Purpose: To verify the affective feelings (AFs) and rating of perceived exertion (RPE) responses during a 10-km competitive head-to-head (HTH) running race and compare them with a time-trial (TT) running race.
Methods: Fourteen male runners completed 2 × 10-km runs (TT and HTH) on different days. Speed, RPE, and AF were measured every 400 m. For pacing analysis, races were divided into the following 4 stages: first 400 m (F400), 401-5000 m (M1), 5001-9600 m (M2), and the last 400 m (final sprint).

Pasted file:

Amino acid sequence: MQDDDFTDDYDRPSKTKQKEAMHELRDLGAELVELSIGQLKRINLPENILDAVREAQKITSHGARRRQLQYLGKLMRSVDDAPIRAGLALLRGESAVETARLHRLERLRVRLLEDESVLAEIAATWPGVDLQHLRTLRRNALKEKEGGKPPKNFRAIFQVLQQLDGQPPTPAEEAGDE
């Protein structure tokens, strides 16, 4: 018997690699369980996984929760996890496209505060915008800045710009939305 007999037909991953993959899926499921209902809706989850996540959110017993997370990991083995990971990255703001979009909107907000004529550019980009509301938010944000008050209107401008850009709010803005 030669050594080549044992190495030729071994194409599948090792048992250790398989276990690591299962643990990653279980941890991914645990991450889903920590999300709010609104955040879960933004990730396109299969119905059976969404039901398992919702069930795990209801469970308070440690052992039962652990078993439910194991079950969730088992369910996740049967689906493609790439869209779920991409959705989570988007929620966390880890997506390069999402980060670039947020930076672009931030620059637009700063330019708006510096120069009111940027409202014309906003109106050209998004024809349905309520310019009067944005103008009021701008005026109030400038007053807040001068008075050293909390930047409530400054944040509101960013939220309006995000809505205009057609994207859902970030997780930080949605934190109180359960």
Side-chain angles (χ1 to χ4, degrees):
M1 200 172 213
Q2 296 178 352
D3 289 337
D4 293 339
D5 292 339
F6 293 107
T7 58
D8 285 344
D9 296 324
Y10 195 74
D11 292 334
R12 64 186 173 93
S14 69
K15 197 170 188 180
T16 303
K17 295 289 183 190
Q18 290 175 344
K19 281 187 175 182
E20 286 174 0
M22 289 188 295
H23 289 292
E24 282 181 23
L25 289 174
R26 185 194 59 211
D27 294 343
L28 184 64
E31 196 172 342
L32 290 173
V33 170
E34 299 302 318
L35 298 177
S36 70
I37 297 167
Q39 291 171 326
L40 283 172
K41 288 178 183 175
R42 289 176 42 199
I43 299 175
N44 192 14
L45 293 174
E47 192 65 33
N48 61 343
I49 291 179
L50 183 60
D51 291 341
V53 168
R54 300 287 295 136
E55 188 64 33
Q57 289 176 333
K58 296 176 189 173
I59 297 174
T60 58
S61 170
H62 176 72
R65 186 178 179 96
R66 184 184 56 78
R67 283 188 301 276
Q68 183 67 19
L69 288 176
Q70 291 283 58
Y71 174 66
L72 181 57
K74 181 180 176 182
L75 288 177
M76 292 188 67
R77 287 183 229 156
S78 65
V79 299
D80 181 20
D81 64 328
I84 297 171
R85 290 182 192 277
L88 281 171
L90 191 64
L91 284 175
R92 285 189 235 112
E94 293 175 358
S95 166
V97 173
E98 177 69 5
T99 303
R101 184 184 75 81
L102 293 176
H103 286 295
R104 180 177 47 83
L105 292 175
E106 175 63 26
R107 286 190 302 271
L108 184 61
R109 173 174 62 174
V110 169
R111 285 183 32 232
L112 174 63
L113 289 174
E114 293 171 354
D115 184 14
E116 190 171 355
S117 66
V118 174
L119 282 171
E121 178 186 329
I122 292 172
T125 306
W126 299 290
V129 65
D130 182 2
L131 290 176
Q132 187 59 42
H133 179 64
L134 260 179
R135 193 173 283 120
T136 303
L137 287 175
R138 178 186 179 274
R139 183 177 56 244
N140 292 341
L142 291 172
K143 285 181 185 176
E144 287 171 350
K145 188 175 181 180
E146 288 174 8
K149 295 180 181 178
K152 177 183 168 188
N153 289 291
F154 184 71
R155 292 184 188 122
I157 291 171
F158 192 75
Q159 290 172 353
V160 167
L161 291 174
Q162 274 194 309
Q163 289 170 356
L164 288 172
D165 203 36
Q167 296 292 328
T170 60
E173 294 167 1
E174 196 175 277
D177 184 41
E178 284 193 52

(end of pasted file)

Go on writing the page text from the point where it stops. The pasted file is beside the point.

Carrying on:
Results: Improvement of performance was observed (39:32 [02:41] min:s vs 40:28 [02:55] min:s; P = .03; effect size = -0.32) in HTH compared with TT. There were no differences in either pacing strategy or RPE between conditions. AFs were higher during the HTH, being different in M2 compared with TT (2.09 [1.81] vs 0.22 [2.25]; P = .02; effect size = 0.84).
Conclusions: AFs are directly influenced by the presence of opponents during an HTH race, and a more positive AF could be involved in the dissociation between RPE and running speed and, consequently, the overall race performance.
Keywords: behavior; decision making; endurance; performance; strategy.